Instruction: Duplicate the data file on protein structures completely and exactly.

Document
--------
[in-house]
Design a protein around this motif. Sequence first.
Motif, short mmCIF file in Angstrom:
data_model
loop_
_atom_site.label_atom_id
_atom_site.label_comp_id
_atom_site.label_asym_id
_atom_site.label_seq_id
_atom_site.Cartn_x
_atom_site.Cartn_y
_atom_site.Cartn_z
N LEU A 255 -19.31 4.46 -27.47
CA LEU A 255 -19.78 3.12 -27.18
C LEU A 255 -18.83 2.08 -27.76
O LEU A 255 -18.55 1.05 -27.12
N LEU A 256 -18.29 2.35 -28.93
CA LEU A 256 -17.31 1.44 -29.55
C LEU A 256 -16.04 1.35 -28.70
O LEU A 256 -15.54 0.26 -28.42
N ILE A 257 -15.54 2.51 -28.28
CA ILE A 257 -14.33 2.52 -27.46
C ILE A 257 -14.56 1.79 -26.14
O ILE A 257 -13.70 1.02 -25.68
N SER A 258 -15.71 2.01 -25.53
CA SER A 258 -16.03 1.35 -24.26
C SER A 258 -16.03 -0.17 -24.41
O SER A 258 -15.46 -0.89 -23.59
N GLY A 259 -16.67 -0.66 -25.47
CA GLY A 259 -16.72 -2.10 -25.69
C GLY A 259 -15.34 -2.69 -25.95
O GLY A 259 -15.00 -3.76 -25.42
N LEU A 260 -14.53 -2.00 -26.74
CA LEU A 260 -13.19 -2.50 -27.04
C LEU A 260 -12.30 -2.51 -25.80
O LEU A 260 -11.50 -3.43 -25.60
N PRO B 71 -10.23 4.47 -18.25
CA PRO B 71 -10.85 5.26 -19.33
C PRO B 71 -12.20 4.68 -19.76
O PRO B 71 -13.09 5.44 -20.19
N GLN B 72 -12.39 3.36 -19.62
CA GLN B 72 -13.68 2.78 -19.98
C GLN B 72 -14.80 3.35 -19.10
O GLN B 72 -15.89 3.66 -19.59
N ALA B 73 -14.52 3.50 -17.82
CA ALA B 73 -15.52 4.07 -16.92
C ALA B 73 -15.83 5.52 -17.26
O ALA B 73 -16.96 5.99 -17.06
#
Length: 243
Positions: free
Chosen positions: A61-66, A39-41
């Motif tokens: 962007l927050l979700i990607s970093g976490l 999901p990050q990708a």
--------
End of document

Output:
[in-house]
Design a protein around this motif. Sequence first.
Motif, short mmCIF file in Angstrom:
data_model
loop_
_atom_site.label_atom_id
_atom_site.label_comp_id
_atom_site.label_asym_id
_atom_site.label_seq_id
_atom_site.Cartn_x
_atom_site.Cartn_y
_atom_site.Cartn_z
N LEU A 255 -19.31 4.46 -27.47
CA LEU A 255 -19.78 3.12 -27.18
C LEU A 255 -18.83 2.08 -27.76
O LEU A 255 -18.55 1.05 -27.12
N LEU A 256 -18.29 2.35 -28.93
CA LEU A 256 -17.31 1.44 -29.55
C LEU A 256 -16.04 1.35 -28.70
O LEU A 256 -15.54 0.26 -28.42
N ILE A 257 -15.54 2.51 -28.28
CA ILE A 257 -14.33 2.52 -27.46
C ILE A 257 -14.56 1.79 -26.14
O ILE A 257 -13.70 1.02 -25.68
N SER A 258 -15.71 2.01 -25.53
CA SER A 258 -16.03 1.35 -24.26
C SER A 258 -16.03 -0.17 -24.41
O SER A 258 -15.46 -0.89 -23.59
N GLY A 259 -16.67 -0.66 -25.47
CA GLY A 259 -16.72 -2.10 -25.69
C GLY A 259 -15.34 -2.69 -25.95
O GLY A 259 -15.00 -3.76 -25.42
N LEU A 260 -14.53 -2.00 -26.74
CA LEU A 260 -13.19 -2.50 -27.04
C LEU A 260 -12.30 -2.51 -25.80
O LEU A 260 -11.50 -3.43 -25.60
N PRO B 71 -10.23 4.47 -18.25
CA PRO B 71 -10.85 5.26 -19.33
C PRO B 71 -12.20 4.68 -19.76
O PRO B 71 -13.09 5.44 -20.19
N GLN B 72 -12.39 3.36 -19.62
CA GLN B 72 -13.68 2.78 -19.98
C GLN B 72 -14.80 3.35 -19.10
O GLN B 72 -15.89 3.66 -19.59
N ALA B 73 -14.52 3.50 -17.82
CA ALA B 73 -15.52 4.07 -16.92
C ALA B 73 -15.83 5.52 -17.26
O ALA B 73 -16.96 5.99 -17.06
#
Length: 243
Positions: free
Chosen positions: A61-66, A39-41
């Motif tokens: 962007l927050l979700i990607s970093g976490l 999901p990050q990708a």